In his landmark Foreign Affairs article “The Sources of Soviet Conduct” at the beginning of the Cold War, George Kennan laid out the strategy of containment. He noted how important the example America set domestically – economically, in coping successfully with its internal problems – was to the looming geopolitical competition with the Soviet Union. Yet Kennan did not take the emergence of an America that was a good example for granted. He also noted that, “by the same token, exhibitions of indecision, disunity and internal disintegration within this country have an exhilarating effect on the whole Communist movement.”
Thus, one of US foreign policy’s great strategic minds made it clear that he believed American domestic politics would have a decisive effect on global politics. Kennan’s exhortation for America to set a good example should especially be on our minds today, as constant US exhibitions of indecision, disunity and internal disintegration are undermining the country’s status as a global leader.
Last week at the Munich Security Conference, former vice president and potential 2020 presidential candidate Joe Biden was sharply critical of the Trump administration’s foreign policy. He tried to reassure his European audience with these words: “This too shall pass. We will be back. We will be back. Don’t have any doubt about that.”
Biden may not be in any position to make such a guarantee. His use of “we” assumes that America will once again be led by those who are committed to the post-WWII liberal world order that it helped build. That assumption, however, might be as unwarranted in the 2020 Democratic primary as it was in the 2016 Republican primary.
Edward Luce, the Washington columnist for The Financial Times, argues that “the effect of Donald Trump on American politics has been to radicalize the left.” Democrats and young Americans have adopted a more positive view of socialism vis-a-vis capitalism in recent years. In 1988, Michael Dukakis was put on the back foot by George H.W. Bush attaching “the L word” to him. Thirty years later, proving one’s liberal/progressive bona fides is a minimum requirement in the Democratic primary, which now features a declared democratic socialist.
Radical policy ideas are becoming part of the mainstream debate because of this radicalized left. Seventy percent taxes on the rich; Medicare for all; free college; federal job guarantees; the Green New Deal. Luce calls this agenda “America’s unexpected socialist dawn,” one that is sparking a genuine ideological debate in American politics.
Despite the ideological differences between America’s left and right, it is the similarities that should cause distress. According to Luce, up through the Obama administration, US politics was marked by “asymmetric polarization, whereby one party has gone way more extreme than the other.” But now, Luce sees a “dangerous” result from two years of Trump and the left’s reaction to him: Asymmetric polarization has turned into symmetric polarization. Luce notes that both sides are appealing to an increasingly “exhausted majority,” one that has been alienated by politics and is disengaged, so it is “particularly vulnerable to much more cartoonish and ideological appeals.”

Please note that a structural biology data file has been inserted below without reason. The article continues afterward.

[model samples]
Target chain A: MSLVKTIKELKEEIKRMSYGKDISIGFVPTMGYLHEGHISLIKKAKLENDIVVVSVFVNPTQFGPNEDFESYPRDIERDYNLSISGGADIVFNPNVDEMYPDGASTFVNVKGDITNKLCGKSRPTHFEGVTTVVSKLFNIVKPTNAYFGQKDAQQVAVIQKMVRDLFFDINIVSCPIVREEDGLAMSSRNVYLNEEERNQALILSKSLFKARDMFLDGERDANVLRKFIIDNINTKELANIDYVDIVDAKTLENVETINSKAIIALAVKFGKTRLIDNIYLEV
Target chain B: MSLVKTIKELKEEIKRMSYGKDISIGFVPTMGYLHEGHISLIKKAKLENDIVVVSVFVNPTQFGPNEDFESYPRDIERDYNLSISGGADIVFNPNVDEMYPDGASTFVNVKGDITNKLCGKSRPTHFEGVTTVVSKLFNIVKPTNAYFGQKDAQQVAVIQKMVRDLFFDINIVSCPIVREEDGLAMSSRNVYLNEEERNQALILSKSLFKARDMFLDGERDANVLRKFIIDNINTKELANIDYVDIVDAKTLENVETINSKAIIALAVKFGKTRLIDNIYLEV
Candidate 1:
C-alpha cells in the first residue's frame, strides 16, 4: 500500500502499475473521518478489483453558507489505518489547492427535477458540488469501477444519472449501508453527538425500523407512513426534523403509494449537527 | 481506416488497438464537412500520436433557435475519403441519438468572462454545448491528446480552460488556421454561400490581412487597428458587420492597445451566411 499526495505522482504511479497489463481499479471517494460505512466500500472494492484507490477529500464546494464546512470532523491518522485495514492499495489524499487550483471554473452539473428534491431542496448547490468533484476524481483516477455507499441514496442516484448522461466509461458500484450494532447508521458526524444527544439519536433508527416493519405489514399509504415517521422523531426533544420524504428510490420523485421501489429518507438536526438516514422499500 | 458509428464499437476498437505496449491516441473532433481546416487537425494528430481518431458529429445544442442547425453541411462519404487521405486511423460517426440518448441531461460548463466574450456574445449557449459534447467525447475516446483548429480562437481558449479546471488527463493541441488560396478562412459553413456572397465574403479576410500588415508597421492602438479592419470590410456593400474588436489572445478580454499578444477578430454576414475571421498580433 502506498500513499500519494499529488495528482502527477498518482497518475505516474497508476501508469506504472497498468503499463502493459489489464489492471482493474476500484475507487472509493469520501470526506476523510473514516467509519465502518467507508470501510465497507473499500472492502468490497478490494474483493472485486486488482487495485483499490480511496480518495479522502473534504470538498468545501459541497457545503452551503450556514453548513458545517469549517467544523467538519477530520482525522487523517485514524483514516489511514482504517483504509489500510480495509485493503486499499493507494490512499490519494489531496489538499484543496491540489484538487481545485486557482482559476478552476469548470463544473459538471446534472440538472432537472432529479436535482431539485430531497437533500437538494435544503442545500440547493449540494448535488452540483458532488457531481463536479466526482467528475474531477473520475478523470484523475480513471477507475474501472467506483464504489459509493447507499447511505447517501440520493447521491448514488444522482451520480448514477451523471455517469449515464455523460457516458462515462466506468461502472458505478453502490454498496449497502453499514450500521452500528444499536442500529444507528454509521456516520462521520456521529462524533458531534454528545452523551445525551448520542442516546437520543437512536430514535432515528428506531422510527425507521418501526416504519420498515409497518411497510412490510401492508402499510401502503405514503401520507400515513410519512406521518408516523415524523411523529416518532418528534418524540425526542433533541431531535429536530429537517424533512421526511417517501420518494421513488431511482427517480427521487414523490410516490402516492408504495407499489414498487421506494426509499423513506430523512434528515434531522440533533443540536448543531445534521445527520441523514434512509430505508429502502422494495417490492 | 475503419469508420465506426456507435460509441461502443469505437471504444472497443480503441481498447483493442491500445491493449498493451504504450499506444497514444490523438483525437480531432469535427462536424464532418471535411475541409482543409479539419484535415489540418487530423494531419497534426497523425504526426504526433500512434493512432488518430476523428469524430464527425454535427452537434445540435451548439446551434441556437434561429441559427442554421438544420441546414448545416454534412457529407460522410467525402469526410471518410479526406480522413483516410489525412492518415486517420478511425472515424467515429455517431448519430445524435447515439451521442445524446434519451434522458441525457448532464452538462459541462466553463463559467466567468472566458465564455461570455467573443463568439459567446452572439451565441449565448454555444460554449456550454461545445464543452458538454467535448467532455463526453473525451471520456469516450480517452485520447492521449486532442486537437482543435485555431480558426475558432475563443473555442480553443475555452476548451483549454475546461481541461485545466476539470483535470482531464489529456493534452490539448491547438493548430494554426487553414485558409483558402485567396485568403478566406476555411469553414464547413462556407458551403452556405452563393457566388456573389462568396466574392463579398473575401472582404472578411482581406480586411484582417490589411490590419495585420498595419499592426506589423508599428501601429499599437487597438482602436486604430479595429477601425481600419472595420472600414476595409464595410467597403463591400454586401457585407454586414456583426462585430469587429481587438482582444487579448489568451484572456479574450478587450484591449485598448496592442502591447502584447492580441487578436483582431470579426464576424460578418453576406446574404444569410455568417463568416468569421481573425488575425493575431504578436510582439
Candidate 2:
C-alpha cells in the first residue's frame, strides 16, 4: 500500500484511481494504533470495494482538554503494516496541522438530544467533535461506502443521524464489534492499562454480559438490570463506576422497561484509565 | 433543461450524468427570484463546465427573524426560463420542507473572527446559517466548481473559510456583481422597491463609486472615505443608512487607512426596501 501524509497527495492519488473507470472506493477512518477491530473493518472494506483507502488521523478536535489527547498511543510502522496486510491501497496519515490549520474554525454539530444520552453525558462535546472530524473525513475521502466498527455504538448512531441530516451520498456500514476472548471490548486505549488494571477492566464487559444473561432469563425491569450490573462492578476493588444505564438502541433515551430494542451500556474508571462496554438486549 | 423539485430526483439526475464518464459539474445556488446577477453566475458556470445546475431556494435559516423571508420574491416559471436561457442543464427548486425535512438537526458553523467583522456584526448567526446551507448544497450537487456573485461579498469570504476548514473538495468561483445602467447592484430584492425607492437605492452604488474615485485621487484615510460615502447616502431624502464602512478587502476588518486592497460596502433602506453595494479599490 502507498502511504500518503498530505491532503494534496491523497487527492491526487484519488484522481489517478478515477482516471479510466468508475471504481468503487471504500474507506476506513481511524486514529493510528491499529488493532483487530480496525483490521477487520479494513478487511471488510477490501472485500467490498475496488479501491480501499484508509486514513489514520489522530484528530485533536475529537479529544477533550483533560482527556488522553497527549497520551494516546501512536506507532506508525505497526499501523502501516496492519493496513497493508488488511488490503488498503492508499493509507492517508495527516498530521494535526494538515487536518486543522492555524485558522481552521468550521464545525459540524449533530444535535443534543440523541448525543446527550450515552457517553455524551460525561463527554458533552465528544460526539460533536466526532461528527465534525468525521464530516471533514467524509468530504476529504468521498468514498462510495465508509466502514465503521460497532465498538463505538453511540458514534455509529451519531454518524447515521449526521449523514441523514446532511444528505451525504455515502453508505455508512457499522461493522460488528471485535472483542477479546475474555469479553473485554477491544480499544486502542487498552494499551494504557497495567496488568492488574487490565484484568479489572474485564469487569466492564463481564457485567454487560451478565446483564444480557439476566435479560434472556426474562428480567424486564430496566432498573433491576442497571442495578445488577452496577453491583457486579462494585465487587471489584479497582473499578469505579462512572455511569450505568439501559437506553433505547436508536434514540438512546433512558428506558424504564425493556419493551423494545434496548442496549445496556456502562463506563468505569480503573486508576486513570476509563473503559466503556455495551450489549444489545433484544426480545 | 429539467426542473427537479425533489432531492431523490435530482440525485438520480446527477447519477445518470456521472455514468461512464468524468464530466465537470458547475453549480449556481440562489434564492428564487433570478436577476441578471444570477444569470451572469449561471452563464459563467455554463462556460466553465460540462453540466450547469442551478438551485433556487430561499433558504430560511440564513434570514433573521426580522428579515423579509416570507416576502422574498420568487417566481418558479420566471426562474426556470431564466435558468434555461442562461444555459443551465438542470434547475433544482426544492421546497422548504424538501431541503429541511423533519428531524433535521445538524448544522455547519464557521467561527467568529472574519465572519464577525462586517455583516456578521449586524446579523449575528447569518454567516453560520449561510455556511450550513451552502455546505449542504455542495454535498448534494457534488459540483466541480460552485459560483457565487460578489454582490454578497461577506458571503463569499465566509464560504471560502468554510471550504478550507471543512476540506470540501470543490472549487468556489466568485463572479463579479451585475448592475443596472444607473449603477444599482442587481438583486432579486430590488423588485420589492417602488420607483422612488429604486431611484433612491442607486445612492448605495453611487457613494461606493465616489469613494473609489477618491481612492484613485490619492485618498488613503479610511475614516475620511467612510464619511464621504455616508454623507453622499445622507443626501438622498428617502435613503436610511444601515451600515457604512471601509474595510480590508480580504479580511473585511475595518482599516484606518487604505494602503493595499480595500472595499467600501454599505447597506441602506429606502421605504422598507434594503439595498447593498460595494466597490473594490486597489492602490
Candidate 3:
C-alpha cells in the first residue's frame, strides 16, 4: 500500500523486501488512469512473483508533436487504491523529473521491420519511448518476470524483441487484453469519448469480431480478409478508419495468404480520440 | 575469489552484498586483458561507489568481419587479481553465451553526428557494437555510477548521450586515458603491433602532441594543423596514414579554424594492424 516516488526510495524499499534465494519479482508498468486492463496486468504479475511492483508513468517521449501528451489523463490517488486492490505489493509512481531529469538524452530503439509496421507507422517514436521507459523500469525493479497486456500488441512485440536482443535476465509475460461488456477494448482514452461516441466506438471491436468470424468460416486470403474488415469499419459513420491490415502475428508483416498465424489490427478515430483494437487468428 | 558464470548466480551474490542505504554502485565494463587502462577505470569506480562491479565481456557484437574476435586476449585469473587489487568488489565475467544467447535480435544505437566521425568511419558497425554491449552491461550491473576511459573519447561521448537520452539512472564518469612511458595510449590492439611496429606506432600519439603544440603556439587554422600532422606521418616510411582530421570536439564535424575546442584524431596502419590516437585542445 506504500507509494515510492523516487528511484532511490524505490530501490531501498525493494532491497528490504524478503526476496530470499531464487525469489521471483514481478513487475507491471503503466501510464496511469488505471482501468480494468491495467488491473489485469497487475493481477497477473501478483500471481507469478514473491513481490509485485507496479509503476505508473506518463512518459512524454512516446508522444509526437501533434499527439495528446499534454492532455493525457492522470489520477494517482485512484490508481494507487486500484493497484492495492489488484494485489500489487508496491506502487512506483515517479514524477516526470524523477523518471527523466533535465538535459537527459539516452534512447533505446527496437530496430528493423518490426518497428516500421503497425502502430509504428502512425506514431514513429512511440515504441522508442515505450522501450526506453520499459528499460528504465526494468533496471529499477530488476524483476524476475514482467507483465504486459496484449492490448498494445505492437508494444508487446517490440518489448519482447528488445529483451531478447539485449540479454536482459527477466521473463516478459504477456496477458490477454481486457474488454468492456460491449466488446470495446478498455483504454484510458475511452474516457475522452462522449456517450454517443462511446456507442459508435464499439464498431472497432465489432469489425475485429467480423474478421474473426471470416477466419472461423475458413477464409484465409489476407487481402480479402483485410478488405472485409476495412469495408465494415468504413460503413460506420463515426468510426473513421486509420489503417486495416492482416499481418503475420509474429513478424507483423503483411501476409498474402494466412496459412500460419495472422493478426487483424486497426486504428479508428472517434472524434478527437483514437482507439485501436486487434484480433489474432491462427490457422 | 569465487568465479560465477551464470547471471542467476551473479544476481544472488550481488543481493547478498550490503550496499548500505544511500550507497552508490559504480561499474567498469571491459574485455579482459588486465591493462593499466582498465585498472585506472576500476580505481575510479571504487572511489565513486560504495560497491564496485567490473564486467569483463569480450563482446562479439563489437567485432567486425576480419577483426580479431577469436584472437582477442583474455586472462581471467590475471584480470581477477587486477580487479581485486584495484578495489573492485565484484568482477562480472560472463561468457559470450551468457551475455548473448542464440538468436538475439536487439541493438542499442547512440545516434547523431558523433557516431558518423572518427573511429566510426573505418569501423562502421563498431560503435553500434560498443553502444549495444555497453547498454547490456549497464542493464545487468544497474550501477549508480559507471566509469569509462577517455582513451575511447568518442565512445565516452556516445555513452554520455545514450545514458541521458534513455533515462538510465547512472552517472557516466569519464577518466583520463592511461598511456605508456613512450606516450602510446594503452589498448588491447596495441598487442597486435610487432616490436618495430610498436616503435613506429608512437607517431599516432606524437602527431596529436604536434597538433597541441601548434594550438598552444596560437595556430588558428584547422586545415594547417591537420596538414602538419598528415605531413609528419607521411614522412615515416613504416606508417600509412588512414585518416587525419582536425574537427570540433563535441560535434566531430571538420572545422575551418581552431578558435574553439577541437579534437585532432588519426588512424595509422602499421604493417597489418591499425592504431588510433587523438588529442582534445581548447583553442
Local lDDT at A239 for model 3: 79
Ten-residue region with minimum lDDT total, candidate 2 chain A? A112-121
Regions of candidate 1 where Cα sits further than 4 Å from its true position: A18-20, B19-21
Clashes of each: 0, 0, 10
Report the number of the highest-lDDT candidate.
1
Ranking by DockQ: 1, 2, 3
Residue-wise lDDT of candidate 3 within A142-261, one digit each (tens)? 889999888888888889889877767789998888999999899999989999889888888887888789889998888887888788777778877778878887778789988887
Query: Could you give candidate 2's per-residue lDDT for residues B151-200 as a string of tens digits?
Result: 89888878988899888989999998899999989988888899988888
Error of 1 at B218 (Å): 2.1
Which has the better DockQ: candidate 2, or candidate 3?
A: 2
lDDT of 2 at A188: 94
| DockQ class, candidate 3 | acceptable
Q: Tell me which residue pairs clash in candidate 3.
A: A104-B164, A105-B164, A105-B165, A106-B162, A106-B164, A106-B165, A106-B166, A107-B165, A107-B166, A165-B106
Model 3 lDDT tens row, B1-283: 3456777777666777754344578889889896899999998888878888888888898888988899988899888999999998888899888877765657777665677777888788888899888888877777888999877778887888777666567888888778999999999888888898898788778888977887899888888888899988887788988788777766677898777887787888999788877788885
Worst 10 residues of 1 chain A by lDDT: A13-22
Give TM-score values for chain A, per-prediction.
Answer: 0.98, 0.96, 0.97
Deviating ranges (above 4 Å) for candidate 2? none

Another similarity between America’s left and right should concern the world: a broad assault on globalization without a clear vision of what type of order comes in its place. Across the American political spectrum, there is a fairly strong reaction against wars of choice and trade. The majority of Americans feel neither safer nor more prosperous given the failed “forever wars” of the last two decades and US trade policy. The most common reaction has been to make globalization an all-too-convenient scapegoat for what ails America.
In what has become a checklist item for presidential candidates, Senator Elizabeth Warren laid out her foreign policy vision via a Foreign Affairs essay. In “A Foreign Policy for All,” Warren asserts that “the United States can no longer maintain the comfortable assumption that its domestic and foreign policies are separate.” This echoes the essence not only of Kennan but several of his successors as director of policy planning at the State Department. One of them, Richard Haass, even wrote a book titled “Foreign Policy Begins at Home.”
But Warren adds a twist that goes beyond setting a good example or of being able to afford our military and diplomatic initiatives abroad: “Every decision the government makes should be grounded in the recognition that actions that undermine working families in this country ultimately erode American strength in the world. In other words, we need a foreign policy that works for all Americans.” This comes across as a tamer version of “America First” and Tufts’ Dan Drezner critiqued this vision as “Trumpism with a human face.”
Neither Trump, nor Warren nor Alexandria Ocasio-Cortez has laid out in detail how reversing globalization will restore the middle class, but we are painfully witnessing the specific consequences of America’s retreat from global leadership. As Greece doubles down on its own commitment to globalization – avoiding Grexit, supporting NATO, coming to a settlement with North Macedonia, being part of the genesis of a new international institution (the Eastern Mediterranean Natural Gas Forum) – can it count on Washington providing political cover, security assistance and economic support?
Luce worries that September 11 and the 2008 financial crisis “broke America’s spirit of global leadership.” Europeans may want to believe Biden’s guarantee that America “will be back,” but can he even deliver his own party?
Endy Zemenides is executive director of the Hellenic American Leadership Council.